One of them, Candace Owens, a onetime Trump critic turned Trump supporter and conservative icon, made it all about, well, Candace Owens, especially when she aimed indignation not at the hate crimes in question, which she seemed to downplay, but at committee member Ted Lieu of California, who played a brief recording of some of her own words.

After Lieu used a portion of her controversial remarks on how its association with Adolf Hitler had poisoned the concept of “nationalism,” Owens, who is African-American, said, “I think it’s pretty apparent that Mr. Lieu believes that black people are stupid and will not pursue the full clip in its entirety,” doubling down on that race card she reliably condemns as a tactic of the left.

Owens also used her time to call the GOP “Southern strategy” a myth, in spite of the apologies of several of its architects, such as former RNC Chair Ken Mehlman and the late Lee Atwater, for stoking racial resentment to win white votes after the Democratic Party became the party of civil rights.

I saw the fallout up close when my mother, an active Republican, became disgusted by the speeches of Ronald Reagan and other GOP leaders, demonizing the “strapping young buck” buying steaks with food stamps and the welfare queens of their imagination, and forgetting the hard-working black folks who had stuck it out with the party of Lincoln.

Instead of the “Blexit” Owens promotes, in which black folks reject Democratic Party affiliation, she might read up on why so many deserted the GOP in the first place.

The reaction of Rep. Ken Buck of Colorado showed he and several other GOP committee members had less interest in exploring the increase in hate crimes and more in trolling their Democratic colleagues. “I think you’ve caused my friends on the left to go to their safe spaces,” he said to Owens, and invited her to go shooting with him in his home state.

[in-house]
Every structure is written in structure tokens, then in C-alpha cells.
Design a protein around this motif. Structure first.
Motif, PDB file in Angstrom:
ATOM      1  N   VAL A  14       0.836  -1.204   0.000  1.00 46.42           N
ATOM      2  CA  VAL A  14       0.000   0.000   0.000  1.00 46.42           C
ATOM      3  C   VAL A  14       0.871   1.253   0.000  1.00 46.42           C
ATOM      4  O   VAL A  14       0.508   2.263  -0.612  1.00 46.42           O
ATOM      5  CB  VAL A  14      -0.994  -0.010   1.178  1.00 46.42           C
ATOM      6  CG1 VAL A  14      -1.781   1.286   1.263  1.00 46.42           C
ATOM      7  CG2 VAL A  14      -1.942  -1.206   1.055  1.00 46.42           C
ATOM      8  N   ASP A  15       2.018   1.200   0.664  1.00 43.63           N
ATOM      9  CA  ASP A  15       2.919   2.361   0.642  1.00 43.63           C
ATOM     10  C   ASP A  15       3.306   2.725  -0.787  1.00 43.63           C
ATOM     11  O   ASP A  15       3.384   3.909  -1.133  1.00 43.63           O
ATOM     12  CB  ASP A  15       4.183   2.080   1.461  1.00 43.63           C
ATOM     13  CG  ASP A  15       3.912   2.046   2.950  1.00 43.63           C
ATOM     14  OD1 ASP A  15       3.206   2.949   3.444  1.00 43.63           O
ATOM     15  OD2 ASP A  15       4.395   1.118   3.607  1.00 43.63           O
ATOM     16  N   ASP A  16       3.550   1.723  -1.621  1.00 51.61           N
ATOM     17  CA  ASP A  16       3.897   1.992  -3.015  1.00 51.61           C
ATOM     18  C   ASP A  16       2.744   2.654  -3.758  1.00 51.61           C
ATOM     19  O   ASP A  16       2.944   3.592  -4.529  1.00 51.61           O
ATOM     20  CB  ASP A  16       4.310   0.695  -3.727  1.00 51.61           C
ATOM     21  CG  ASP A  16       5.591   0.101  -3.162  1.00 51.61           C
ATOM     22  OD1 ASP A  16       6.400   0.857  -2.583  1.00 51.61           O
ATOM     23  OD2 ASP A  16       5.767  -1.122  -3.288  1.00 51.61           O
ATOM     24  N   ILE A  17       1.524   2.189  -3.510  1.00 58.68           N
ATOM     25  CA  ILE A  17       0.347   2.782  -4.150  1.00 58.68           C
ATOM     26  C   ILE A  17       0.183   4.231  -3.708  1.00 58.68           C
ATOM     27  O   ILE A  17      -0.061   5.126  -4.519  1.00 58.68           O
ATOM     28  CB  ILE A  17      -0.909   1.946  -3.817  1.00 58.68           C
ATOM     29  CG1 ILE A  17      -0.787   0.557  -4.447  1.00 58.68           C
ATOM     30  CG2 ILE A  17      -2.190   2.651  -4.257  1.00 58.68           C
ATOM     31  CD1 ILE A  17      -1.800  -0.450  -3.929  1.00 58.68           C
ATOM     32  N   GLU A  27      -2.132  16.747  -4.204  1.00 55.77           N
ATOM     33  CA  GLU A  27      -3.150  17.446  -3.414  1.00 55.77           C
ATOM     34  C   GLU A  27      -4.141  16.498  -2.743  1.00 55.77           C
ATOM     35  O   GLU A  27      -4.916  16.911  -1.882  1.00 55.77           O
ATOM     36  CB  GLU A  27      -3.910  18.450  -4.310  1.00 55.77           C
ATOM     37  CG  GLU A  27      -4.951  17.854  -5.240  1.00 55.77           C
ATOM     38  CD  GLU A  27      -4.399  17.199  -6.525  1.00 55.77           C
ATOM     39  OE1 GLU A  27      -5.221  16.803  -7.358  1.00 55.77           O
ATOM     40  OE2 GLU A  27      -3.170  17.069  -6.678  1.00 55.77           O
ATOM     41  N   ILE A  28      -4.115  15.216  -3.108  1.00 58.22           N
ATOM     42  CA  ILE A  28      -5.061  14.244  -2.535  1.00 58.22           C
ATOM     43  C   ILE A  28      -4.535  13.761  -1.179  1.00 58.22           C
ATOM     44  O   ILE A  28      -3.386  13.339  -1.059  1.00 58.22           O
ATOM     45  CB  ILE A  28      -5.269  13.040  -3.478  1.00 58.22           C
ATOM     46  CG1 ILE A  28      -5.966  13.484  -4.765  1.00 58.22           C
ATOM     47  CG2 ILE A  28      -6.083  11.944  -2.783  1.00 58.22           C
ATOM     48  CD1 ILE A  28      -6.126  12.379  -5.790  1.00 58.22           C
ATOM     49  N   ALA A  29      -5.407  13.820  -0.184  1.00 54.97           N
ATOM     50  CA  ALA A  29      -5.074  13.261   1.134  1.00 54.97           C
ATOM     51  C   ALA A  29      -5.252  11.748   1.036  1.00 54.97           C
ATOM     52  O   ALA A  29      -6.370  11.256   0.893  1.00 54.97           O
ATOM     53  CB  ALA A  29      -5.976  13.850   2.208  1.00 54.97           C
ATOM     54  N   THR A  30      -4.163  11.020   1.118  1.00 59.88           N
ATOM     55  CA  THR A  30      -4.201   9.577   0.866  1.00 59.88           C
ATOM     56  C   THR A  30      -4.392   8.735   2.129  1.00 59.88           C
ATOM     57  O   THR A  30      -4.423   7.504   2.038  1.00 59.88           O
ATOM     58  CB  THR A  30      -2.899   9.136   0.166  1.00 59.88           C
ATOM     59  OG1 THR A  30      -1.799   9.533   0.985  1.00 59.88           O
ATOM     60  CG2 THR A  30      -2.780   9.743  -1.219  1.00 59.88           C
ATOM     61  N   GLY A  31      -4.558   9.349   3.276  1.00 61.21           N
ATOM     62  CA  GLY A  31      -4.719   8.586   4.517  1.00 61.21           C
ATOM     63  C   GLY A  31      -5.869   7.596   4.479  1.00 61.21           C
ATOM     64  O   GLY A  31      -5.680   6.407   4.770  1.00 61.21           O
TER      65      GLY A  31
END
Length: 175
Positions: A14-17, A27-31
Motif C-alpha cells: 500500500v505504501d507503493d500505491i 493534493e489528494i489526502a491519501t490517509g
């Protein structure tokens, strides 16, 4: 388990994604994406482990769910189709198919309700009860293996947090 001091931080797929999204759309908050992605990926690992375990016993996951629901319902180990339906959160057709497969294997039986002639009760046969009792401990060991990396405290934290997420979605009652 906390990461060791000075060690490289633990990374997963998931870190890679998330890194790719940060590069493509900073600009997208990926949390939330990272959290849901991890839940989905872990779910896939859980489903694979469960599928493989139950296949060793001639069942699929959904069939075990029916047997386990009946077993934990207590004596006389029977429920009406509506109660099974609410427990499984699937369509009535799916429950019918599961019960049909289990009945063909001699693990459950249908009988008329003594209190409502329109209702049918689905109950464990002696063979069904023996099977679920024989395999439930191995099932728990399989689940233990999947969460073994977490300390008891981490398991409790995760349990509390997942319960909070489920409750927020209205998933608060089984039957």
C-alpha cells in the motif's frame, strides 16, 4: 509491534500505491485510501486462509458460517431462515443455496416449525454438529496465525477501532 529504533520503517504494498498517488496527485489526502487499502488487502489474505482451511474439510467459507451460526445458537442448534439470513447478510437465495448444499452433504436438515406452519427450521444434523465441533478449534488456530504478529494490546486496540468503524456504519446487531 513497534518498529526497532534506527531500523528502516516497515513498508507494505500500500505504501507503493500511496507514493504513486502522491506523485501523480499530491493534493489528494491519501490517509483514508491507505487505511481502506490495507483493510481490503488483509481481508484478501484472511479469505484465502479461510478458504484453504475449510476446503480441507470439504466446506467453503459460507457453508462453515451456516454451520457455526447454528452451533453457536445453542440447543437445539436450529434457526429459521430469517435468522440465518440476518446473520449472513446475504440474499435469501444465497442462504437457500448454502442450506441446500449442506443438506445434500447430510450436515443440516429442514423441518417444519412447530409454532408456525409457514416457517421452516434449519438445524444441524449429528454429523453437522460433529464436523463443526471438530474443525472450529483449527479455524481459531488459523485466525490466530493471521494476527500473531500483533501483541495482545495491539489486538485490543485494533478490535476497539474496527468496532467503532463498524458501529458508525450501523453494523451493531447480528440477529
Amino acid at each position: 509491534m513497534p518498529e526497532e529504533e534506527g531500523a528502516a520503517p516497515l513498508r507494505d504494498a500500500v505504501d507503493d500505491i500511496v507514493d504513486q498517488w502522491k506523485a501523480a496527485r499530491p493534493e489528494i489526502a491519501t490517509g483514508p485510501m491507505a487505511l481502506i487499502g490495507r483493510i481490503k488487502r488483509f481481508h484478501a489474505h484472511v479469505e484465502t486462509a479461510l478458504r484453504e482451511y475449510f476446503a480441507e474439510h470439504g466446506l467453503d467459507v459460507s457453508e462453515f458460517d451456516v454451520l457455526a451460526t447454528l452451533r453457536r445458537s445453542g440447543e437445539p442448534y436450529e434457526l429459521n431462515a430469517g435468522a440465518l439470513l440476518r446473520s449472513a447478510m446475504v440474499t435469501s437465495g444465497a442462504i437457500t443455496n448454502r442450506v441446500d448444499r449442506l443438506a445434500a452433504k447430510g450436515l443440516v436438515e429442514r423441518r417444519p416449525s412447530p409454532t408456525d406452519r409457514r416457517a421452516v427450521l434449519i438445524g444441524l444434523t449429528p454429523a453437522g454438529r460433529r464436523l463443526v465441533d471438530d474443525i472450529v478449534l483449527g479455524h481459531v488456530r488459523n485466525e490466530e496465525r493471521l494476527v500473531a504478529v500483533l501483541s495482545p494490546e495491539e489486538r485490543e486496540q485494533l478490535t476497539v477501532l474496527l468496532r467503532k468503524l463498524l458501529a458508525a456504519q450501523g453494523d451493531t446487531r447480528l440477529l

Casting a shadow on the hearing, as he often does on everything, was the president. Chairman Jerrold Nadler of New York said in his opening remarks: “Unfortunately, in a time when leadership is needed, the president’s rhetoric fans the flames with language that, whether intentional or not, may motivate or embolden white supremacist movements.”

Trump’s fiery words on immigration, legal and otherwise, loomed over the proceedings, as he cleaned house at the Department of Homeland Security, looking for someone tougher than the leaders who separated parents from children, and railed at judges who have halted his restrictive plans in the court. With hardline adviser Stephen Miller at Trump’s side, expect more camera-ready cruelty.

The bizarre yet fitting coda to this week’s hearing was the disabling of comments on the live stream of the event — because of a constant stream of racist and hateful invective.

For anyone else, that would seem to prove why the day and the hearing mattered. For Louie Gohmert, it was a chance to spin yet another absurd conspiracy. “Could that be another hate hoax?” the Texas Republican asked. “Just keep an open mind.”

His words, and the entire spectacle, had to be none too comforting for a country grappling with the consequences of what hate has wrought.

Mary C. Curtis has worked at The New York Times, The Baltimore Sun, The Charlotte Observer and as national correspondent for Politics Daily. Follow her on Twitter @mcurtisnc3.